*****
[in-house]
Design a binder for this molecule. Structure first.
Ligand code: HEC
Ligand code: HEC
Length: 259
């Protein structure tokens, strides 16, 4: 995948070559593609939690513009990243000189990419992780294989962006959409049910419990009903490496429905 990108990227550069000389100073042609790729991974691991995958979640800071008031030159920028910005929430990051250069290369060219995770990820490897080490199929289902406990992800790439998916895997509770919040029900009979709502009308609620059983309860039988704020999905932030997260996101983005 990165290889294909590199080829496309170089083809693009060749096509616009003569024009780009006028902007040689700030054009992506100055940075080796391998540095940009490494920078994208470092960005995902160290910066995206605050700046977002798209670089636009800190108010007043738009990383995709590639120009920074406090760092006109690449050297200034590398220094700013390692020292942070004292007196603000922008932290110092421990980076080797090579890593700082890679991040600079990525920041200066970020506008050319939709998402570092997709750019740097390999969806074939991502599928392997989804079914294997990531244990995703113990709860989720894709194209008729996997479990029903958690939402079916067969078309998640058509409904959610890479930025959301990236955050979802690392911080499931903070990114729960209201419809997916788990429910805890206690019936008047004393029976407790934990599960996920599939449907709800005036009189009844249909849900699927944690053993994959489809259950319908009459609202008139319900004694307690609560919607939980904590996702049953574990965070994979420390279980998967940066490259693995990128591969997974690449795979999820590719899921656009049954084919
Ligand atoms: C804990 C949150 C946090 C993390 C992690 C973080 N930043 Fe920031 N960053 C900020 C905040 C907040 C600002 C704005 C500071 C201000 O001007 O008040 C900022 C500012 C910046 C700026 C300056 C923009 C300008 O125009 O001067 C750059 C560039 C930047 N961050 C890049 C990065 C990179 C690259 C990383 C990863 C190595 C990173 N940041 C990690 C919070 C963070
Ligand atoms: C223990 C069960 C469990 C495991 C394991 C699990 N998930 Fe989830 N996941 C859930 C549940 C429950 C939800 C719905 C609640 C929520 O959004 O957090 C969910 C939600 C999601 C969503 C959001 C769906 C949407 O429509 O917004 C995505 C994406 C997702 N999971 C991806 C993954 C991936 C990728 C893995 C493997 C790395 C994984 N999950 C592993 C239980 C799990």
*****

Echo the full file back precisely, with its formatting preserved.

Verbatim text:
[in-house]
Design a binder for this molecule. Structure first.
Ligand code: HEC
Ligand code: HEC
Length: 259
């Protein structure tokens, strides 16, 4: 995948070559593609939690513009990243000189990419992780294989962006959409049910419990009903490496429905 990108990227550069000389100073042609790729991974691991995958979640800071008031030159920028910005929430990051250069290369060219995770990820490897080490199929289902406990992800790439998916895997509770919040029900009979709502009308609620059983309860039988704020999905932030997260996101983005 990165290889294909590199080829496309170089083809693009060749096509616009003569024009780009006028902007040689700030054009992506100055940075080796391998540095940009490494920078994208470092960005995902160290910066995206605050700046977002798209670089636009800190108010007043738009990383995709590639120009920074406090760092006109690449050297200034590398220094700013390692020292942070004292007196603000922008932290110092421990980076080797090579890593700082890679991040600079990525920041200066970020506008050319939709998402570092997709750019740097390999969806074939991502599928392997989804079914294997990531244990995703113990709860989720894709194209008729996997479990029903958690939402079916067969078309998640058509409904959610890479930025959301990236955050979802690392911080499931903070990114729960209201419809997916788990429910805890206690019936008047004393029976407790934990599960996920599939449907709800005036009189009844249909849900699927944690053993994959489809259950319908009459609202008139319900004694307690609560919607939980904590996702049953574990965070994979420390279980998967940066490259693995990128591969997974690449795979999820590719899921656009049954084919
Ligand atoms: C804990 C949150 C946090 C993390 C992690 C973080 N930043 Fe920031 N960053 C900020 C905040 C907040 C600002 C704005 C500071 C201000 O001007 O008040 C900022 C500012 C910046 C700026 C300056 C923009 C300008 O125009 O001067 C750059 C560039 C930047 N961050 C890049 C990065 C990179 C690259 C990383 C990863 C190595 C990173 N940041 C990690 C919070 C963070
Ligand atoms: C223990 C069960 C469990 C495991 C394991 C699990 N998930 Fe989830 N996941 C859930 C549940 C429950 C939800 C719905 C609640 C929520 O959004 O957090 C969910 C939600 C999601 C969503 C959001 C769906 C949407 O429509 O917004 C995505 C994406 C997702 N999971 C991806 C993954 C991936 C990728 C893995 C493997 C790395 C994984 N999950 C592993 C239980 C799990």